Working Well’s Trends to Consider for 2020
From a Yale lawsuit over workplace wellness penalties after the EEOC incentive rules were vacated, to a controversial Harvard study that raised questions about the effectiveness of wellness programs, 2019 was an interesting year for the wellness industry. These headlines call for further research and more guidance surrounding best practices and legal implications for wellness programs and may cause employers to take a closer look at their wellness strategies for 2020. Despite so much uncertainty, one thing is for sure – the wellbeing industry is changing rapidly.
Over the past several years, we’ve seen some notable trends emerging in workplace wellbeing in the wake of the shift from “wellness” to “wellbeing.” According to the Wellable 2019 Employee Wellness Industry Trends Report, employers are investing less in:
- Biometric screenings;
- Health risk assessments;
- Fitness classes; and
- Health coaching.
There are likely several factors driving this trend. First, there is growing awareness about the holistic nature of wellbeing. Employers are focusing not only on physical health, but also more on other factors that affect overall wellbeing like emotional health, financial health and career wellbeing. The Harvard study, “Effect of a Workplace Wellness Program on Employee Health and Economic Outcomes,” published in April 2019 further demonstrates this point, showing that isolated programs focusing only on physical health factors like fitness and weight management are minimally effective. This reinforces the need for comprehensive and holistic wellbeing program design. Also, with no new incentive rules from the EEOC, employers requiring screenings, health risk assessments and physical exams to earn an incentive run the risk of being sued. As a result, many employers have chosen not to require employee participation in these elements.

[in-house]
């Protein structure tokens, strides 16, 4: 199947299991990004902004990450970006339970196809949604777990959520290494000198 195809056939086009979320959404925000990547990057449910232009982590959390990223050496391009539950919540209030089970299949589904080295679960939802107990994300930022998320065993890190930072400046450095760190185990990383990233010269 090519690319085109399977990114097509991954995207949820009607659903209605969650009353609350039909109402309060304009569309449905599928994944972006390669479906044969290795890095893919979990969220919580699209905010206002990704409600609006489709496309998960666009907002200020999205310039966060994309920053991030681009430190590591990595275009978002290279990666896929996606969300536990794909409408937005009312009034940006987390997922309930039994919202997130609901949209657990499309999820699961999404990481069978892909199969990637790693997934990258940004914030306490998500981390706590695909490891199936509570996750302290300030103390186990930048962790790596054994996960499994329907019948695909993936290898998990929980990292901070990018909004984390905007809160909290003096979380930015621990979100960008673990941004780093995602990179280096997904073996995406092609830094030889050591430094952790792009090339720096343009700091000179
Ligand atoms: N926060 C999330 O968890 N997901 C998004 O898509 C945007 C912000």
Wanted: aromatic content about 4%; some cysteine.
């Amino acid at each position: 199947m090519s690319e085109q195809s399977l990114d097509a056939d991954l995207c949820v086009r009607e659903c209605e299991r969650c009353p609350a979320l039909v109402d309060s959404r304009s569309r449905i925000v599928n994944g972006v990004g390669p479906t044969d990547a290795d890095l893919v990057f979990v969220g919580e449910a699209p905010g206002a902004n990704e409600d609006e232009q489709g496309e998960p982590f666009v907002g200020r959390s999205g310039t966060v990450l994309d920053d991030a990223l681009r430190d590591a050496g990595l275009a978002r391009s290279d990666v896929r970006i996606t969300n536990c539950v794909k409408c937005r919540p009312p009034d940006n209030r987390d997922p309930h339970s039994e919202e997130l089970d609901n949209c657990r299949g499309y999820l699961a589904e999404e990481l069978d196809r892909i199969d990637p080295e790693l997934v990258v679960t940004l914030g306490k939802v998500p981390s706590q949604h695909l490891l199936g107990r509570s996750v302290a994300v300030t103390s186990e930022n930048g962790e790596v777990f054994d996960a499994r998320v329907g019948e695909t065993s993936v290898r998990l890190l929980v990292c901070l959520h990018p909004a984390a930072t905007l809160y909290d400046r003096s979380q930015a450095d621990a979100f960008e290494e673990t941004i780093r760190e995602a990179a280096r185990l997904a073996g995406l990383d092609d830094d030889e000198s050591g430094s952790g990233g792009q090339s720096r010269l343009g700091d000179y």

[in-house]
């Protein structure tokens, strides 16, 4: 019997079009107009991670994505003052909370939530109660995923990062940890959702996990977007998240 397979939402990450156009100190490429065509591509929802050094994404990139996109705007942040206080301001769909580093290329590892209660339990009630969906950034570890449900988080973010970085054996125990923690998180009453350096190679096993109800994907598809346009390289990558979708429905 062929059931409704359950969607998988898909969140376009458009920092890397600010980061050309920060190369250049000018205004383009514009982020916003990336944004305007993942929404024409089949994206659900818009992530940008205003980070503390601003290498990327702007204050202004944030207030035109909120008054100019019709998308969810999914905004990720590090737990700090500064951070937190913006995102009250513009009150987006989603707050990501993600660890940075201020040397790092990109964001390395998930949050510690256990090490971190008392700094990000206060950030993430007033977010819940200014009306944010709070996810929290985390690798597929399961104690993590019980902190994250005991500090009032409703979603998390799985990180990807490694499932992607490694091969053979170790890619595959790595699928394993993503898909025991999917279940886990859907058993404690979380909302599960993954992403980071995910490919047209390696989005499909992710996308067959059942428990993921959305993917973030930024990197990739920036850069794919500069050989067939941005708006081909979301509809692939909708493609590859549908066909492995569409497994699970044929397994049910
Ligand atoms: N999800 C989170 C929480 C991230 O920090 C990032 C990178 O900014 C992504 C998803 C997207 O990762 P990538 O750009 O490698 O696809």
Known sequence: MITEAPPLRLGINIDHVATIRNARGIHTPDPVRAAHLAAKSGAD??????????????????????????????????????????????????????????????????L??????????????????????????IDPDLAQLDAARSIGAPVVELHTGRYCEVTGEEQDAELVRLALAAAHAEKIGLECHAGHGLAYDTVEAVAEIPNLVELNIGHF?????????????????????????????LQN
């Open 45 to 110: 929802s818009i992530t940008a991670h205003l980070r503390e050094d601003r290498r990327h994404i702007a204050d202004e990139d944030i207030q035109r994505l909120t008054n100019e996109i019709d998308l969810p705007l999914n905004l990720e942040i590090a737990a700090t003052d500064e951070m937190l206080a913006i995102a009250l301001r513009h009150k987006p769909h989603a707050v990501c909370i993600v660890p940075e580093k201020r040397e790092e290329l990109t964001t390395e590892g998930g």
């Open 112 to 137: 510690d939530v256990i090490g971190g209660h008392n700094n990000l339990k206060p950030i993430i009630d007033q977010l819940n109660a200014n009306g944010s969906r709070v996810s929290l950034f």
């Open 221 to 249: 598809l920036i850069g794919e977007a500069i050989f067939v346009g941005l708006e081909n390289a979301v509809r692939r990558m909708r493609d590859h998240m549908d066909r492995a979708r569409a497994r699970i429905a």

The 2019 Trends Report also revealed that employers are investing more in:
- Financial wellbeing including 401K matching programs, educational resources, digital financial tools and retirement planning.
- Stress management, resilience and mental health including stronger EAP communication, educational resources, flexible work arrangements and opportunities for social engagement. In recognition of this growing trend, Working Well recently received a grant from the Duke Endowment to address healthcare worker burnout.
- Organizational culture including opportunities for employee growth and development (particularly leadership development); leaders modeling healthy behaviors and participating in wellbeing initiatives; and a focus on creating psychologically safe work environments. Check out Working Well’s webinar on “Psychological Health and Safety in the Workplace” from May 2019.
- Personalization and humanization of wellbeing initiatives by restructuring incentives to provide a menu of choices (including non-clinical options) rather than a one-size-fits-all approach; providing flexible work arrangements so that employees can work when and where they perform their best; and tailoring wellbeing initiatives at the department and individual levels. In fact, 70% of employee participants cite the ability to personalize wellness programs as critical to their participation (Harvard Business Review, 2016). Working Well is hosting a webinar on February 6 at 10:30 a.m. to address this topic. Click here to register.
These trends do not mean that nutrition and fitness don’t matter or that biometric screenings and health risk assessments aren’t informative and helpful. They do, however, mean that companies are recognizing the importance of addressing financial and emotional wellbeing, organizational culture and personalization in order for their wellbeing initiative to achieve meaningful results.
Upcoming Enhancements to Strategy for Wellbeing
In light of these shifts in our industry, Working Well is pleased to announce some exciting enhancements to Strategy for Wellbeing which will go live in February.
- A tenth dimension on Workplace Health & Safety will be added in response to the latest research and best practices.
- Wellness Culture will be renamed “Wellness Culture & Environment” to reflect the addition of more questions that address the built environment.
- Incentives & Communication will be renamed “Engagement Strategies” to reflect less focus on financial incentives and more focus on overall employee engagement.
- Several questions will be added to Emotional & Mental Wellbeing and Financial Wellbeing to place more emphasis on these areas.
- Several questions in Wellness Culture & Environment and Evaluation will be revised to provide more guidance and clarification and to better align with the latest research and best practices.